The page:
Additionally, China’s corporate income tax (CIT) law stipulates that costs incurred while conducting R&D for green buildings in China can be deducted from a company’s CIT payment. This means that the cost of the R&D will be reduced from the firm’s declared profits, resulting in less being applicable for CIT.

Local incentives

Most local governments in China have separate preferential policies in addition to  the national incentives, expediting the investment process and increasing the investment returns for foreign companies. Western China, for example, offers a reduced CIT rate of 15 percent for companies that build green housing in the region, while Shanxi province provides a streamlined application process and additional subsidies of between RMB 10 and 20  per square meter, depending on the rating attained.

Similar incentives exist across a range of first to third-tier cities in the country. Many of these cities have separate green building targets and allocate funds to encourage investment. In Dongguan in Guangdong province, for instance, a$ 1.5 million special fund has been set up to support green building projects, while Heze in Shandong province mandates that 30,000 square meters of new construction in each of its counties be green and part should be used to provide affordable housing.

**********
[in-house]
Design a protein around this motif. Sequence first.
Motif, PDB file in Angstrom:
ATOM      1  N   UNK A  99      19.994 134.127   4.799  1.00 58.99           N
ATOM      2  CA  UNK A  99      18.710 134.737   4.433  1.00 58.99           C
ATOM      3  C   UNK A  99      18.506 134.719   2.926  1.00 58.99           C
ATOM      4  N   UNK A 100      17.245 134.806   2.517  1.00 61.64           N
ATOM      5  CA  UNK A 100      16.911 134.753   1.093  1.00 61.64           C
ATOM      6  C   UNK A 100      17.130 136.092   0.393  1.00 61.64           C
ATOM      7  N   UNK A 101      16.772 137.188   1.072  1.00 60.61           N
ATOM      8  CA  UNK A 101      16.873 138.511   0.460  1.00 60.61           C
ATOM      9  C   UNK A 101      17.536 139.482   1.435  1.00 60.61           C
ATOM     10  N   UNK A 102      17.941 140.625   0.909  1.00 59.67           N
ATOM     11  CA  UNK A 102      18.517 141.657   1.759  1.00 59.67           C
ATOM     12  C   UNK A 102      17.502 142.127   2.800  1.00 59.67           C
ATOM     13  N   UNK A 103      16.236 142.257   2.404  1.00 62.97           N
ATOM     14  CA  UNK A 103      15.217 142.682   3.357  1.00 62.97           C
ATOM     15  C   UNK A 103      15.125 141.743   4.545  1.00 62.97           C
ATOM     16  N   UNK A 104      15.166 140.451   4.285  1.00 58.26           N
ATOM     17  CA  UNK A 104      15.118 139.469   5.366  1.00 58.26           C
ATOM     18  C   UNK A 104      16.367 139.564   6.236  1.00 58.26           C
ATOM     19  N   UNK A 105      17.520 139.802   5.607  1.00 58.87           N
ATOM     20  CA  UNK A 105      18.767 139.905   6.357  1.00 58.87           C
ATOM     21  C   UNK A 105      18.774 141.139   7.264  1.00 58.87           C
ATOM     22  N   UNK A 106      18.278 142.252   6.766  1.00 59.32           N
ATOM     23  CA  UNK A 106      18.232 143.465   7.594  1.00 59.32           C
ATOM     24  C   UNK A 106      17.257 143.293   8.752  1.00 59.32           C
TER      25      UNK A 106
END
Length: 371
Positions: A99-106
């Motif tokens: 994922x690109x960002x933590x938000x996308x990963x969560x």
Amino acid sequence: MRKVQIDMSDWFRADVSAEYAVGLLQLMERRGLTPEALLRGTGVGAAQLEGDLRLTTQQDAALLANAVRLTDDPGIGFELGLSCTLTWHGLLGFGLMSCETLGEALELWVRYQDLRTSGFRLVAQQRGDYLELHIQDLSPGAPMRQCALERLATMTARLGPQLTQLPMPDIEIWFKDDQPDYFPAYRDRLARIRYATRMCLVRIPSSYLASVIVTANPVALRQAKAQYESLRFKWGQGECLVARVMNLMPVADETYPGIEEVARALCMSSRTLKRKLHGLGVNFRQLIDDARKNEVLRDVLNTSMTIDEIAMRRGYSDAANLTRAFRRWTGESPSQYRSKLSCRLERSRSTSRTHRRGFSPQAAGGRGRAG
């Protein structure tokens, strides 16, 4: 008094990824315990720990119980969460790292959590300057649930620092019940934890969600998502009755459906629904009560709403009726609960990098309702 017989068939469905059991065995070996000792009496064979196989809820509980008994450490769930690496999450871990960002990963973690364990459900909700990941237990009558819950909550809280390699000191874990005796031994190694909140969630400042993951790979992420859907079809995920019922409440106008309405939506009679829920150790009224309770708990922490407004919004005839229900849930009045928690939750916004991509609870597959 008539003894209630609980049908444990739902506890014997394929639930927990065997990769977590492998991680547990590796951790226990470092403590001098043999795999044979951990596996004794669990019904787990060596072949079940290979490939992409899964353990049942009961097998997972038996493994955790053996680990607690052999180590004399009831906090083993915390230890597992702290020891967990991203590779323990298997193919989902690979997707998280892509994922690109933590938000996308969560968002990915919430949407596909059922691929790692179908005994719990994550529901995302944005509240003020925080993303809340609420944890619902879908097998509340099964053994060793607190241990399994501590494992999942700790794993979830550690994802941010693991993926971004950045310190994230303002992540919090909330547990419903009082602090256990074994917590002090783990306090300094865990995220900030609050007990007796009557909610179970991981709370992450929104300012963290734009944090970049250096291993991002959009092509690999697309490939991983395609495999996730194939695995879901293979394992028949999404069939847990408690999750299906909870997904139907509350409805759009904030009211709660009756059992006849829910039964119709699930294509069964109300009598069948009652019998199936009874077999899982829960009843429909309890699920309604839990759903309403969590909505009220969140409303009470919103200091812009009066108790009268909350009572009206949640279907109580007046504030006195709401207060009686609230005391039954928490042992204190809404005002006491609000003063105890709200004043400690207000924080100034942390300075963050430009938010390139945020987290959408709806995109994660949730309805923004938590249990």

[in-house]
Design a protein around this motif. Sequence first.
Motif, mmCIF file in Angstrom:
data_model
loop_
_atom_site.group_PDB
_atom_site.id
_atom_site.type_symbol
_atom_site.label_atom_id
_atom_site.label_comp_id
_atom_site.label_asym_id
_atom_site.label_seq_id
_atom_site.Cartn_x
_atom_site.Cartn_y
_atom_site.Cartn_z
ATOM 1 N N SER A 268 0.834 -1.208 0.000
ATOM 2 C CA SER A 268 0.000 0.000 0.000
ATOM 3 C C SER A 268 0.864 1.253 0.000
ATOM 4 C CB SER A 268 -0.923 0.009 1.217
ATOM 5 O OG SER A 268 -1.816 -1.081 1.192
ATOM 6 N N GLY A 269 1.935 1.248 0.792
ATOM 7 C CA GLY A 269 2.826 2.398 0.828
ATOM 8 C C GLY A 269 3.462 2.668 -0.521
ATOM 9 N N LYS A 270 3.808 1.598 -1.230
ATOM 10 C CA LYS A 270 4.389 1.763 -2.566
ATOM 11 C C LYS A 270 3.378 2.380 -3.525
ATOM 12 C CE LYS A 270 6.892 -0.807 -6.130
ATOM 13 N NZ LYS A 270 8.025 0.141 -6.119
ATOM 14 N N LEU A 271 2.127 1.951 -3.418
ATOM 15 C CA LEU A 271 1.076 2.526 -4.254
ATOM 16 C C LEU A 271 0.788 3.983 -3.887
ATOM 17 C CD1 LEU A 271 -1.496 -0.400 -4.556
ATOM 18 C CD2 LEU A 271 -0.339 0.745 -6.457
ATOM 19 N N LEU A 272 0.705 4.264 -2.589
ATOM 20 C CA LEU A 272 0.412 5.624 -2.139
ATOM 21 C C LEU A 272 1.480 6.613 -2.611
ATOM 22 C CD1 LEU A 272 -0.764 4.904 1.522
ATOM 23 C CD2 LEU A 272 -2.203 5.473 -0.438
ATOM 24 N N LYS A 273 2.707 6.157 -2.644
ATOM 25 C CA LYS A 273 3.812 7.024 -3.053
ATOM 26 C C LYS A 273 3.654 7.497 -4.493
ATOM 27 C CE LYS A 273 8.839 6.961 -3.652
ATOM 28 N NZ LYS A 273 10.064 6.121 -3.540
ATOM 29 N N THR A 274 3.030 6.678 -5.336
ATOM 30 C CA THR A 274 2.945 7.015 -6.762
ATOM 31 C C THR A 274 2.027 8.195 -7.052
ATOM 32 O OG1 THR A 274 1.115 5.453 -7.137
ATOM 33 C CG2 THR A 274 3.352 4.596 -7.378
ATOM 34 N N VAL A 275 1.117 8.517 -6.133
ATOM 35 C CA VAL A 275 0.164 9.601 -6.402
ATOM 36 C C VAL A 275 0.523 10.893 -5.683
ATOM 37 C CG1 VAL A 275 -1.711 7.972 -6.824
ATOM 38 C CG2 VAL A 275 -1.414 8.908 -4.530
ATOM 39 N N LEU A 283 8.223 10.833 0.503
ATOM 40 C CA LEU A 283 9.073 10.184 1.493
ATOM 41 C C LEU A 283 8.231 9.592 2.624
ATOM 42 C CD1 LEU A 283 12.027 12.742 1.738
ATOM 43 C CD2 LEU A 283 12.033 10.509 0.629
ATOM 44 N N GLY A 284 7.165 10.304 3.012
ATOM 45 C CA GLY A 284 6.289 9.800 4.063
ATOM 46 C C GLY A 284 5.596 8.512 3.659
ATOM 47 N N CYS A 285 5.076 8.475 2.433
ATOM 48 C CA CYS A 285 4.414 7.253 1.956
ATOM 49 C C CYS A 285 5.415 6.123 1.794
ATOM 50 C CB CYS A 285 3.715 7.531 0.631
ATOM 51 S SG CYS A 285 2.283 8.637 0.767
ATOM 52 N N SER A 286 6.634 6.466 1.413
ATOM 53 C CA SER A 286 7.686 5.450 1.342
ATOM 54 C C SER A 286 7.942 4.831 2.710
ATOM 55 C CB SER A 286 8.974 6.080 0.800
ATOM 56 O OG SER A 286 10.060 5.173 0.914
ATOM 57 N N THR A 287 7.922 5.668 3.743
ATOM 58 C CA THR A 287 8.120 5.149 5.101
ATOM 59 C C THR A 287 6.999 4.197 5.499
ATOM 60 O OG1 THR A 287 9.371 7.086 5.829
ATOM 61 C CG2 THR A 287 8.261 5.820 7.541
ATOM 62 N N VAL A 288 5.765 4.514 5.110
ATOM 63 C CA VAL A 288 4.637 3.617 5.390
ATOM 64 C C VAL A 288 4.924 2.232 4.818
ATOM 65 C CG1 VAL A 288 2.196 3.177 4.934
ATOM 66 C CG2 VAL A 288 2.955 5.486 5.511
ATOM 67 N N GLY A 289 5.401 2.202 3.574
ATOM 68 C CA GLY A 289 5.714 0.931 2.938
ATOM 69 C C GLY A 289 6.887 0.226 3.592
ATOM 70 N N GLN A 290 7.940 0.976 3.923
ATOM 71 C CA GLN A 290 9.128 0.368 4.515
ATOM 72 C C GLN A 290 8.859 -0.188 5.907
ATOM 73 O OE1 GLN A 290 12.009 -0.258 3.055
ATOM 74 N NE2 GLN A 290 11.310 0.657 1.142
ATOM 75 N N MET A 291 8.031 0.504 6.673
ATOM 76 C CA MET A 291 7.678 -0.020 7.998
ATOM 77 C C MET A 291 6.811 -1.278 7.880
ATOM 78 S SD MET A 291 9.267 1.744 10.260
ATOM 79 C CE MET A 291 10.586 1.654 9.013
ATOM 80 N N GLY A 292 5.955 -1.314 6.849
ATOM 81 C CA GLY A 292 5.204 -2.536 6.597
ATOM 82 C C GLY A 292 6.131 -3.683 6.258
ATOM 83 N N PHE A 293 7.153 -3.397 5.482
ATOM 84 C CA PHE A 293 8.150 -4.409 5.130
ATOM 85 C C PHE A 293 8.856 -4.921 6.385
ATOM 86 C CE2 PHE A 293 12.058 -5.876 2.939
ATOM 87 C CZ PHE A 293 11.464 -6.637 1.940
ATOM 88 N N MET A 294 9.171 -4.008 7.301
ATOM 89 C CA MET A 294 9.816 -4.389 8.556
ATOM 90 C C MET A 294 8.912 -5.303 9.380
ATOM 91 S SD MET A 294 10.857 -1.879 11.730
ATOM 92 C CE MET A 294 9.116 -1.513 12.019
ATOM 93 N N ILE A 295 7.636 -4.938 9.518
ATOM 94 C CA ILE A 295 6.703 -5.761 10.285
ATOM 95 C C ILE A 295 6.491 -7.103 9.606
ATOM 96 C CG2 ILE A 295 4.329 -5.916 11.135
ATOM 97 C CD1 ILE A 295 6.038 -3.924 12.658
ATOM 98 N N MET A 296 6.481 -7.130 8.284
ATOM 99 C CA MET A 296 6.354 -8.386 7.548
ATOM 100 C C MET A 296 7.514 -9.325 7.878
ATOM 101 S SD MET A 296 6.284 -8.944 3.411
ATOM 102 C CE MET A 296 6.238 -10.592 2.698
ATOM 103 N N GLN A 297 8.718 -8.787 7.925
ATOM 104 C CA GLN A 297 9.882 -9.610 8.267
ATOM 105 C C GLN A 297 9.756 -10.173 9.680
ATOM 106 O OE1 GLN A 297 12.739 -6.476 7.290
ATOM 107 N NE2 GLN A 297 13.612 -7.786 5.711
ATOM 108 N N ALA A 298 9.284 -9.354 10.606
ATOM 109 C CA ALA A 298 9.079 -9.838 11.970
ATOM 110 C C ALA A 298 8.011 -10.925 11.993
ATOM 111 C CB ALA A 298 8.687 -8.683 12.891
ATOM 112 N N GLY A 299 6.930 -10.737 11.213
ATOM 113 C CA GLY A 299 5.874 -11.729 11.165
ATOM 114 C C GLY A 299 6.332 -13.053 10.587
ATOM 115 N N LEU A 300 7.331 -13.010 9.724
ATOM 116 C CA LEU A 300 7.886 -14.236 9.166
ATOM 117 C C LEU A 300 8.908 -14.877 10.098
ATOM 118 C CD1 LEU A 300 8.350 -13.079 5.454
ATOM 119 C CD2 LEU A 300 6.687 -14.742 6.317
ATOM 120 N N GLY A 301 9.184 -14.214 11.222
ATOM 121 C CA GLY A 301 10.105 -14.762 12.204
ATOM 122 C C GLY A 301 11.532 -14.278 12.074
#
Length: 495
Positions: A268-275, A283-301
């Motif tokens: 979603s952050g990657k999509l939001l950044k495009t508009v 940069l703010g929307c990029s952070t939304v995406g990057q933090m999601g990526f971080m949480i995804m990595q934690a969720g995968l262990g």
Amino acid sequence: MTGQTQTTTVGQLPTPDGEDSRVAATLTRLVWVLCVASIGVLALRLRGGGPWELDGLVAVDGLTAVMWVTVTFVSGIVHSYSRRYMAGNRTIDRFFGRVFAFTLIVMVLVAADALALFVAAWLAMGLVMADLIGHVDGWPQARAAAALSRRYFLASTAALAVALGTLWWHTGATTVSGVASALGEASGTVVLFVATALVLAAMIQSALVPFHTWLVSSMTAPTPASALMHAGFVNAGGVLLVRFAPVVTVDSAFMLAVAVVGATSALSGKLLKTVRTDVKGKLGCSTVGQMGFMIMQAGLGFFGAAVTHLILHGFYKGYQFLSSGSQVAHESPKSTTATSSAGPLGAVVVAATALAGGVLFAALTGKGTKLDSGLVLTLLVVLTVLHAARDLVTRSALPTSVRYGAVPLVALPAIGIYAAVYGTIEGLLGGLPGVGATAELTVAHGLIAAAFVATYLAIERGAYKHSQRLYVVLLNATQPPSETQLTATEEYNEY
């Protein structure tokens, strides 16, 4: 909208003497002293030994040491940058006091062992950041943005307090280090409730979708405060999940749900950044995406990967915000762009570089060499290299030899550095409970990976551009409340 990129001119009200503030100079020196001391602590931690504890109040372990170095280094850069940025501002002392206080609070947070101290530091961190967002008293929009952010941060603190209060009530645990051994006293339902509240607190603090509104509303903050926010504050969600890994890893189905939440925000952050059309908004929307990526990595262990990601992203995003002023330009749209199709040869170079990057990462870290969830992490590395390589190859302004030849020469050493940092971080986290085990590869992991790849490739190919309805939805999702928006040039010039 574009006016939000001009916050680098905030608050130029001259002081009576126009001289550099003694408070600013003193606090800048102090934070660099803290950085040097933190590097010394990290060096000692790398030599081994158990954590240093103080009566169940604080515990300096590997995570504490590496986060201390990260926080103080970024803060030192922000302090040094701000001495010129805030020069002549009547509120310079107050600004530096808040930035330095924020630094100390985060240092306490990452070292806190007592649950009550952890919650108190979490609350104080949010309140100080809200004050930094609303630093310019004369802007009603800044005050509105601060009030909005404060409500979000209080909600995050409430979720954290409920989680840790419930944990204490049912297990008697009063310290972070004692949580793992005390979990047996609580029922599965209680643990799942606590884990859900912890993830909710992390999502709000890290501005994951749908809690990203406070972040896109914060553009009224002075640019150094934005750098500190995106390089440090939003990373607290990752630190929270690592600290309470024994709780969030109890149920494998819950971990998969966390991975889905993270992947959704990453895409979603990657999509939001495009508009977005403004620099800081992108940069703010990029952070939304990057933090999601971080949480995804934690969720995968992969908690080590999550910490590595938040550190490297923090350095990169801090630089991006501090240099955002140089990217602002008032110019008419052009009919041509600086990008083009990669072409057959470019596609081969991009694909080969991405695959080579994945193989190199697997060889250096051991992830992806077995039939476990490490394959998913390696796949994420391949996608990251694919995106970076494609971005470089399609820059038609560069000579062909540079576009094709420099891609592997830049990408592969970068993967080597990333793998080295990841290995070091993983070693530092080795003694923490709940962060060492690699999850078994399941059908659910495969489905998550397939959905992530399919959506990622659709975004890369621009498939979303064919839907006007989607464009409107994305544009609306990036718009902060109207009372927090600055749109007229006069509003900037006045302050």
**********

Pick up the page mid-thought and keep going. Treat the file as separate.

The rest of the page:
Viability of green affordable housing and future outlook

Green housing’s comparatively higher cost upfront is the chief concern when seeking to build affordable housing. Green buildings require high-tech applications that are typically more expensive than traditional building materials.However, research has shown that state-level fiscal measures and local level regulations can help make green affordable housing possible. China has both of these in place with its extensive incentive framework, making green housing construction comparable to, and potentially even cheaper than, conventional housing. Moreover, the costs associated with green construction are significantly less than in the past, with experienced constructors able to build housing at a roughly equivalent price to conventional homes.

Green affordable housing is not only possible in the Chinese market, but potentially profitable for foreign investors, and the need for this type of housing will continue to grow. In order for China to meet its ambitious green building and clean energy goals and effectively house its urbanizing population, green and affordable housing will have to be at the forefront of construction in the mid to long-term future.


About the Author

This story was originally published on Asia Briefing Ltd., a subsidiary of Dezan Shira & Associates. Dezan Shira is a specialist foreign direct investment practice, providing corporate establishment, business advisory, tax advisory and compliance, accounting, payroll, due diligence and financial review services to multinationals investing in China, Hong Kong, India, Vietnam, Singapore and the rest of ASEAN. For further information, please email [email protected] or visit

Posted by Samuel Wrest